Mesa County Partners Urging Gov Not to Cut Funding

By: Aaron Luna Email
By: Aaron Luna Email

Each year Mesa County Partners works with over 1,000 juvenile offenders, helping them to do everything from pay restitution to learn life skills. Now state budget cuts could eliminate all state funding.

When juveniles in Mesa County break the law they have to pay the consequences. Sometimes that means spending time at the division of youth corrections. But if they are lucky it means the Partners Restitution and Community Service Work Program.

"We had over 1,000 juvenile offenders that the Partners program supervised last year," says, Joe Higgins with Mesa County Partners. Higgins says Partners works with youth offenders to help them pay restitution to victims, complete community service and attend life skills and substance abuse prevention classes, to name a few. But state budget cuts in the Colorado Department of Public Safety could spell disaster for the program. Higgins says, "If these drastic cuts come, if we get totally eliminated the state funding, then we'll have no other option but to really cut our staff in half." Half the staff, half the number of offenders in the program.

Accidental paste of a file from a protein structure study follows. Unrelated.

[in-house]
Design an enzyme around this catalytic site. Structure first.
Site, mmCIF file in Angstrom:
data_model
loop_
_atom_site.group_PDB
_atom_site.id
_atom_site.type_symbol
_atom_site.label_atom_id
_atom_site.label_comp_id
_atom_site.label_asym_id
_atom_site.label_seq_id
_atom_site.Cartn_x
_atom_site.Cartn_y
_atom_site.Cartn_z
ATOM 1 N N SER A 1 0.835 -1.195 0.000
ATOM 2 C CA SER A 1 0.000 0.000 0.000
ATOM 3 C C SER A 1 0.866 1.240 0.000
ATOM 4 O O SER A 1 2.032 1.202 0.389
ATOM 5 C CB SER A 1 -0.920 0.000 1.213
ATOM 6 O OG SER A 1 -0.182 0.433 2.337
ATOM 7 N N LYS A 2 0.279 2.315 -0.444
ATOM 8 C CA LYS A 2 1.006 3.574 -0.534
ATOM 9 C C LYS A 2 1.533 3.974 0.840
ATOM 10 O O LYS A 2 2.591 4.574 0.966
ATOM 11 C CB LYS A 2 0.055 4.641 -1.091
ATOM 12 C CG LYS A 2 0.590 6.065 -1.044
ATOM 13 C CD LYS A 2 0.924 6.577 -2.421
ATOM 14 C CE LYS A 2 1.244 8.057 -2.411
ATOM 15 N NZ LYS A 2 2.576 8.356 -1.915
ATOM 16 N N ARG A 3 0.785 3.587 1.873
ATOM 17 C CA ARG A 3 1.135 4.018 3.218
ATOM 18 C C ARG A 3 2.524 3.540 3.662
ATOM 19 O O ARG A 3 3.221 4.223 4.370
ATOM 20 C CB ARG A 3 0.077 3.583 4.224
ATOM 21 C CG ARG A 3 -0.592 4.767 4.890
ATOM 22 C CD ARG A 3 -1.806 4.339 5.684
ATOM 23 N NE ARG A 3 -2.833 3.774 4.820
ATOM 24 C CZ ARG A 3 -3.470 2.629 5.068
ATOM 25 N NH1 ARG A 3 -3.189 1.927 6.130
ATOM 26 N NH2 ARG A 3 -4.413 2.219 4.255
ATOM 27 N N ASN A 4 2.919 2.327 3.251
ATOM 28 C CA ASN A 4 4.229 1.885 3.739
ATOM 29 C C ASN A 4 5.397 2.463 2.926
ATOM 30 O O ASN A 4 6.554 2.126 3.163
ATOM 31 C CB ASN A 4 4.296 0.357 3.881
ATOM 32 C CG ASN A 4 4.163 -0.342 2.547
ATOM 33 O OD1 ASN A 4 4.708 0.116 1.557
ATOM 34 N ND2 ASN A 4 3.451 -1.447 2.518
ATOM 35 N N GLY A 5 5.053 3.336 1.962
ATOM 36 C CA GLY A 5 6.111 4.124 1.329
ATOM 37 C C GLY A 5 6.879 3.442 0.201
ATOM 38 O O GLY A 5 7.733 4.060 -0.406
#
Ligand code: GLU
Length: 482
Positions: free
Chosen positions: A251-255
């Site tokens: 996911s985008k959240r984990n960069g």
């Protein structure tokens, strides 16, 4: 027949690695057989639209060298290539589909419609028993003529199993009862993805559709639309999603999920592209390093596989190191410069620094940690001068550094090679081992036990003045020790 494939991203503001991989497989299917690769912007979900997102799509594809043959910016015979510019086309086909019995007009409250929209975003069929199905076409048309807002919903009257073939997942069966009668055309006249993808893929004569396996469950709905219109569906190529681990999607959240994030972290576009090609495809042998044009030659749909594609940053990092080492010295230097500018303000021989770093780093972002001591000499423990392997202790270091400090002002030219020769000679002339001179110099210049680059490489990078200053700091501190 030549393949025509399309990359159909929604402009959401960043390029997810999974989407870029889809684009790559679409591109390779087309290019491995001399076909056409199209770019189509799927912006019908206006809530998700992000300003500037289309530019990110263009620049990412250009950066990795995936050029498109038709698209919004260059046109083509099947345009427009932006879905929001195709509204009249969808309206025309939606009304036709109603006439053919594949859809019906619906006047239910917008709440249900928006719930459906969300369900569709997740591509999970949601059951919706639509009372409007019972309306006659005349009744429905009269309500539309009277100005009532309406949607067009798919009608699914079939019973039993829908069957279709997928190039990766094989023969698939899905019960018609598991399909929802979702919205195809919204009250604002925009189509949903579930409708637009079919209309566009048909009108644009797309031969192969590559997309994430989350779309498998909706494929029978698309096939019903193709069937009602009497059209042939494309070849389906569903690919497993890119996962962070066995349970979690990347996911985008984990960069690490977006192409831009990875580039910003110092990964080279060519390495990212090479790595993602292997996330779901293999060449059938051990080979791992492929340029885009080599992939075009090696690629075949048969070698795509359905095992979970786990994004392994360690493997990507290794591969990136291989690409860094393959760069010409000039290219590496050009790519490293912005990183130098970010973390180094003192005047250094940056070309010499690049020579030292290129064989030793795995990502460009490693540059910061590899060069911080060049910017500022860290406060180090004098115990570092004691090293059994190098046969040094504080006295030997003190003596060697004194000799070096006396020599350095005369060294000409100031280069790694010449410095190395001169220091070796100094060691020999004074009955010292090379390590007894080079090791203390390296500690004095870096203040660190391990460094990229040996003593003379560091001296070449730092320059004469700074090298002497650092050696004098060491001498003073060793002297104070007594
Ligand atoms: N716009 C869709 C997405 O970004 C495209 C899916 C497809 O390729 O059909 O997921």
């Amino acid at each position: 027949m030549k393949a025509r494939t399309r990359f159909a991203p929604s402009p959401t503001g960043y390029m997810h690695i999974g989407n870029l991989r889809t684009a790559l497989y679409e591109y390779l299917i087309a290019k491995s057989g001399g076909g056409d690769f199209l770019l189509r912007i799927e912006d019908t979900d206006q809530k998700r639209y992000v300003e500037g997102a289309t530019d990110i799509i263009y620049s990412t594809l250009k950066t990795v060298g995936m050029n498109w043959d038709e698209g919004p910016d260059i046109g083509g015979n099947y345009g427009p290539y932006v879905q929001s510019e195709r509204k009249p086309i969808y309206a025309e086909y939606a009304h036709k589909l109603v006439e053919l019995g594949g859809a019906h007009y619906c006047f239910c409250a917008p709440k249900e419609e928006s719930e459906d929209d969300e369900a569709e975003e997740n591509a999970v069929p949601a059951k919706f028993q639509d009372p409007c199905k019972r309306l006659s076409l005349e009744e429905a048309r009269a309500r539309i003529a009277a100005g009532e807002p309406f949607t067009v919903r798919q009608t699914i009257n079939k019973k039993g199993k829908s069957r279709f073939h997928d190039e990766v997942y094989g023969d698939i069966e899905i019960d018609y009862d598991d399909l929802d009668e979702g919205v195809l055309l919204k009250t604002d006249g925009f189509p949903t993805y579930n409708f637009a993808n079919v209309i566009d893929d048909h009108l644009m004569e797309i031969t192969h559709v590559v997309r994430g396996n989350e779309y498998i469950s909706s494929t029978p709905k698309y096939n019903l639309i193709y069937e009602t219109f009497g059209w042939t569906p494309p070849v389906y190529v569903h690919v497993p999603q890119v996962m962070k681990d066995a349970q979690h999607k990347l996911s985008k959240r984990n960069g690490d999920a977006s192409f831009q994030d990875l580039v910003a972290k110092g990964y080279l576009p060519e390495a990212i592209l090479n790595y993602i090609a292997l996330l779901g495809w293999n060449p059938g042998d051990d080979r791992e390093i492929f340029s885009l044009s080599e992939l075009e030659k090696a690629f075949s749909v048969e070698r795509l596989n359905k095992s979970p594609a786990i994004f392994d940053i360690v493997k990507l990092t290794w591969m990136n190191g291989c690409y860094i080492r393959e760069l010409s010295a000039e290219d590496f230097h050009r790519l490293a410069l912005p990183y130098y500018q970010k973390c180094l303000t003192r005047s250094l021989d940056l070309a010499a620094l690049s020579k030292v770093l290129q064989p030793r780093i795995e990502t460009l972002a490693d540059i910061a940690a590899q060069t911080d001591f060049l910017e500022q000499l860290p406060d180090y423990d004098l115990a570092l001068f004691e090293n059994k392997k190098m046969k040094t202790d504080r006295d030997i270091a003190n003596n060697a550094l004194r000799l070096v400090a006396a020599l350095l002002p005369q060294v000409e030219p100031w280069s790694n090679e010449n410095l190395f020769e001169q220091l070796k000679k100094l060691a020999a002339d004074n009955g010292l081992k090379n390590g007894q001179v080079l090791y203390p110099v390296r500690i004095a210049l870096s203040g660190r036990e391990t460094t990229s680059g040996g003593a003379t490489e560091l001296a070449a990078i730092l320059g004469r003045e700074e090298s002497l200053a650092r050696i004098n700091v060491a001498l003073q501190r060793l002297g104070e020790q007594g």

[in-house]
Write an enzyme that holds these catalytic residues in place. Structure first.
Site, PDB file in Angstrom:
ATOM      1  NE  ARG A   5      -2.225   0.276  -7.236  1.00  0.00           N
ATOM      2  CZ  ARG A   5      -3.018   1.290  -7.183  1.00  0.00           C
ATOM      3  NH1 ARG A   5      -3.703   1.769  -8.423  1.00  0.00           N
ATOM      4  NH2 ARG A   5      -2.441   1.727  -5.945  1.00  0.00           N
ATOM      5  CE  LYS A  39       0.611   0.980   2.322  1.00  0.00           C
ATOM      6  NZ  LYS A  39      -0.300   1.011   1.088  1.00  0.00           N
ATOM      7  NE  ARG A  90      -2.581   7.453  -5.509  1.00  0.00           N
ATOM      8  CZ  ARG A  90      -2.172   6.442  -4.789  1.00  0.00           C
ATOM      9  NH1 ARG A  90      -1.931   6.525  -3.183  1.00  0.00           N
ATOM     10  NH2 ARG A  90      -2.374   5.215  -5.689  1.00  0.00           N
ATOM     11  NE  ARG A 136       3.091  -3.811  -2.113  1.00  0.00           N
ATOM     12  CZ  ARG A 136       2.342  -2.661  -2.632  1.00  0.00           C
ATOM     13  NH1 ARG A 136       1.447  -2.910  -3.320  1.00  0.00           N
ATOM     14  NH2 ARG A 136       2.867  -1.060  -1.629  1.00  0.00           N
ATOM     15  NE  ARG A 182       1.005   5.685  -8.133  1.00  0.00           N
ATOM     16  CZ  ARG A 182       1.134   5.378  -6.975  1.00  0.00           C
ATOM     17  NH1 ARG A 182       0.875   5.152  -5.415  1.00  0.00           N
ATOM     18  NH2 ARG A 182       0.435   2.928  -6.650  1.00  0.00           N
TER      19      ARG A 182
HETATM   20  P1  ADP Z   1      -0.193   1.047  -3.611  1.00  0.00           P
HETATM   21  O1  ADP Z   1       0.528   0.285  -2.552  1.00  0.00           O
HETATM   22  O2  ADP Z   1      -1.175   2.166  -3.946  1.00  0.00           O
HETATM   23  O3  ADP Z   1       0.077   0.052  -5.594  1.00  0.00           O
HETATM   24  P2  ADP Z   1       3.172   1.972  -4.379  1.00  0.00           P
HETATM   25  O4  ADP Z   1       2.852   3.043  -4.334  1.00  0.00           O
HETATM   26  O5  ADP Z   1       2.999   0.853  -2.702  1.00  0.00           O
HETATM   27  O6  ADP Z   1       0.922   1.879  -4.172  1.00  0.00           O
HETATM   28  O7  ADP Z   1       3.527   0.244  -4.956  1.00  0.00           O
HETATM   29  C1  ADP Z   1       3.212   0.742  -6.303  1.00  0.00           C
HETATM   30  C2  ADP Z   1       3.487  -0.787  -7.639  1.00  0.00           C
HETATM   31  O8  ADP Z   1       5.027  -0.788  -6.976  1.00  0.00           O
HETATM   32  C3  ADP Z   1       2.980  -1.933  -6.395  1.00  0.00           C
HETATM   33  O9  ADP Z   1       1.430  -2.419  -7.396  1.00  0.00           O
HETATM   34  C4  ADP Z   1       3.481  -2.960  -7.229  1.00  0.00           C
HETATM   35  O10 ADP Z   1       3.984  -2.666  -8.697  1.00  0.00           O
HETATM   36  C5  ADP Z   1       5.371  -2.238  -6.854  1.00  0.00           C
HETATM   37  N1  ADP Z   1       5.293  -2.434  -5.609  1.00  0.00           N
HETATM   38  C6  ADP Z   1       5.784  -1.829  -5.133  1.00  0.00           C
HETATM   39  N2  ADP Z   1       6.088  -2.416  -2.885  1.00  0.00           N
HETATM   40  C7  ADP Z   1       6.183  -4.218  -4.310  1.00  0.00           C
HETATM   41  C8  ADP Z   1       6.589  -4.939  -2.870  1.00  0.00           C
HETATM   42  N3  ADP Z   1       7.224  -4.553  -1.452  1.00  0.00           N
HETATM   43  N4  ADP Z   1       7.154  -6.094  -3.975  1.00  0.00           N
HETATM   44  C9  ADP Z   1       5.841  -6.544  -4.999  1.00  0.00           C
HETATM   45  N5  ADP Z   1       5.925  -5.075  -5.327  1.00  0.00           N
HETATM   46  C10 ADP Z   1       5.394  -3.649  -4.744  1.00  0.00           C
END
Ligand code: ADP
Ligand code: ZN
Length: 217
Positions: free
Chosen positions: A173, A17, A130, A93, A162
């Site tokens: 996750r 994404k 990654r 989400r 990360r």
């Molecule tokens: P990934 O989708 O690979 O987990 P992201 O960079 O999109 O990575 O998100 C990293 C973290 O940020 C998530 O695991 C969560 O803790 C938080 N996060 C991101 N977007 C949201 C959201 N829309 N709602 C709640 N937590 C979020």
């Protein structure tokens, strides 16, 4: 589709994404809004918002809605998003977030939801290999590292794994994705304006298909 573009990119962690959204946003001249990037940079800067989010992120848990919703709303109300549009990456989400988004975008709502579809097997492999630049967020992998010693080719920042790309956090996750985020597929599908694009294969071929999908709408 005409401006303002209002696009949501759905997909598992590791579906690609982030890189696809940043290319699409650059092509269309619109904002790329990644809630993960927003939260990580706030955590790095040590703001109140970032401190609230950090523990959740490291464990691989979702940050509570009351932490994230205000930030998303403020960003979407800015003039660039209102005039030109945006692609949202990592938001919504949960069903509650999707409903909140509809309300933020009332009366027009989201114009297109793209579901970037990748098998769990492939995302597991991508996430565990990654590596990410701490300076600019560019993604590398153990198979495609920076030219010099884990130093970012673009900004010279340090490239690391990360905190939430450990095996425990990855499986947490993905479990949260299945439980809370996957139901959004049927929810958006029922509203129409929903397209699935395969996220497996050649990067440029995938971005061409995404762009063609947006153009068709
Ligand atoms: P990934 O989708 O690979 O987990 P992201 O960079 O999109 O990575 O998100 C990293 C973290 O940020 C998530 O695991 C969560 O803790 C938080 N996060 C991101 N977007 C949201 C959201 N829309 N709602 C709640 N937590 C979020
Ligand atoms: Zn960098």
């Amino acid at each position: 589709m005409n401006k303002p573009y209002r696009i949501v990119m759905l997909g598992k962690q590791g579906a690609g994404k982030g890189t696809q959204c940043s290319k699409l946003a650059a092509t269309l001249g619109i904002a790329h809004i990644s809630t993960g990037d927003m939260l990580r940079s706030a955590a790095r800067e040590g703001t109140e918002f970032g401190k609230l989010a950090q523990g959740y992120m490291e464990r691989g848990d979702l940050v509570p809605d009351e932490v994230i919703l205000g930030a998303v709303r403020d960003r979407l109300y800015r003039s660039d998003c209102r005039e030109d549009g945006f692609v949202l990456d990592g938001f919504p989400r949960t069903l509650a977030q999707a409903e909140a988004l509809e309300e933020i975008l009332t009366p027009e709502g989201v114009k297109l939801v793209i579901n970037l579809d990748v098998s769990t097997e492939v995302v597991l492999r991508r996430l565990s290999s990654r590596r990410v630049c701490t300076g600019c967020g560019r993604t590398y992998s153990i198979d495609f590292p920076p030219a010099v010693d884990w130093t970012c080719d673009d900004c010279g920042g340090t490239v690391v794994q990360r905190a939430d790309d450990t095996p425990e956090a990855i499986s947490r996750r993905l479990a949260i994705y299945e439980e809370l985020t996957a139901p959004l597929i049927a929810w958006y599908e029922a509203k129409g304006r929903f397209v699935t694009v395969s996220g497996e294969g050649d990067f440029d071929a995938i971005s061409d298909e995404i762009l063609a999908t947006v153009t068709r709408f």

"So I think its just a bad investment we need to spend the money now, work with the kids and make sure they don't get back into the system," says, Deputy District Attorney Dan Rubinstein. Rubinstein says if funding is cut the kids that can't get into the program will most likely get off with little or no consequences. Rubinstein says, "They probably won't get put to work they won't understand the impact of their crime on the victim the victims might not get their money back."

Last year 89 percent of juveniles in the Partners restitution program completed their court orders and stayed out of trouble. Something Higgins says is a direct influence on the recidivism rate. Higgins says, "If these kids don't get the message while they are young they'll become adult offenders and you'll have to pay later."

This year the partners program laid off a few employees and will have others take furloughs. Higgins says they can survive a small budget cut but if funding is completely eliminated it's the citizens of Mesa County who will end up paying in the long run.

Final decisions on the budget will be made in the fall, Partners is asking concerned citizens to contact Governor Bill Ritter to show their support for Partners, they have already written the governor a letter.

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